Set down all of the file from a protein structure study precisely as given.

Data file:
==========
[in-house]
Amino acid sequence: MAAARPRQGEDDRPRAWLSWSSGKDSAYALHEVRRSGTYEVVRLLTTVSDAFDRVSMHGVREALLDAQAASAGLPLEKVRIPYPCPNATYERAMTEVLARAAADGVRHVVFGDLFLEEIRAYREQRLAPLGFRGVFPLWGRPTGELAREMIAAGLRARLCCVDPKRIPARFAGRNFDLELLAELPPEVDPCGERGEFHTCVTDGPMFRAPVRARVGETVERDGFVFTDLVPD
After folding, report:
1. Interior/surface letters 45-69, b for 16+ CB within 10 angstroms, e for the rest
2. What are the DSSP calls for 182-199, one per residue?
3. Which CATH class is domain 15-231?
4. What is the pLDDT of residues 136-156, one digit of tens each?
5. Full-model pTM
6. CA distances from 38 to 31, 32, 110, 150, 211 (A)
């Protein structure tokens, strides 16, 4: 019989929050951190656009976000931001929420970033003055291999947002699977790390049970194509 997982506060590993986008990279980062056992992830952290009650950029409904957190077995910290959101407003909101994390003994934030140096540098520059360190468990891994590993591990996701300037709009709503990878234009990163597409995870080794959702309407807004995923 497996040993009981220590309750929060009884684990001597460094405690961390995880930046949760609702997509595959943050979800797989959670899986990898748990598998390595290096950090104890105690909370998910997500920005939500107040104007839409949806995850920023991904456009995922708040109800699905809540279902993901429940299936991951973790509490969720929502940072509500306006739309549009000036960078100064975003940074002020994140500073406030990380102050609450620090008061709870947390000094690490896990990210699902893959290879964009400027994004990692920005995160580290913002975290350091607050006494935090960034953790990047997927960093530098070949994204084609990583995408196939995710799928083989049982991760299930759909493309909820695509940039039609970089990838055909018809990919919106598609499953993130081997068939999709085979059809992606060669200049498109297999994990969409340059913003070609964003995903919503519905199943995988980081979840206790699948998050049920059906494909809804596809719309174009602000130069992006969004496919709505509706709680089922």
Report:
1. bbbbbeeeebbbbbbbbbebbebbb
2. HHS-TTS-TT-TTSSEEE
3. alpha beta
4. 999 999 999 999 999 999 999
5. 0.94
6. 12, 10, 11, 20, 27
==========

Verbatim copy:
[in-house]
Amino acid sequence: MAAARPRQGEDDRPRAWLSWSSGKDSAYALHEVRRSGTYEVVRLLTTVSDAFDRVSMHGVREALLDAQAASAGLPLEKVRIPYPCPNATYERAMTEVLARAAADGVRHVVFGDLFLEEIRAYREQRLAPLGFRGVFPLWGRPTGELAREMIAAGLRARLCCVDPKRIPARFAGRNFDLELLAELPPEVDPCGERGEFHTCVTDGPMFRAPVRARVGETVERDGFVFTDLVPD
After folding, report:
1. Interior/surface letters 45-69, b for 16+ CB within 10 angstroms, e for the rest
2. What are the DSSP calls for 182-199, one per residue?
3. Which CATH class is domain 15-231?
4. What is the pLDDT of residues 136-156, one digit of tens each?
5. Full-model pTM
6. CA distances from 38 to 31, 32, 110, 150, 211 (A)
């Protein structure tokens, strides 16, 4: 019989929050951190656009976000931001929420970033003055291999947002699977790390049970194509 997982506060590993986008990279980062056992992830952290009650950029409904957190077995910290959101407003909101994390003994934030140096540098520059360190468990891994590993591990996701300037709009709503990878234009990163597409995870080794959702309407807004995923 497996040993009981220590309750929060009884684990001597460094405690961390995880930046949760609702997509595959943050979800797989959670899986990898748990598998390595290096950090104890105690909370998910997500920005939500107040104007839409949806995850920023991904456009995922708040109800699905809540279902993901429940299936991951973790509490969720929502940072509500306006739309549009000036960078100064975003940074002020994140500073406030990380102050609450620090008061709870947390000094690490896990990210699902893959290879964009400027994004990692920005995160580290913002975290350091607050006494935090960034953790990047997927960093530098070949994204084609990583995408196939995710799928083989049982991760299930759909493309909820695509940039039609970089990838055909018809990919919106598609499953993130081997068939999709085979059809992606060669200049498109297999994990969409340059913003070609964003995903919503519905199943995988980081979840206790699948998050049920059906494909809804596809719309174009602000130069992006969004496919709505509706709680089922």
Report:
1. bbbbbeeeebbbbbbbbbebbebbb
2. HHS-TTS-TT-TTSSEEE
3. alpha beta
4. 999 999 999 999 999 999 999
5. 0.94
6. 12, 10, 11, 20, 27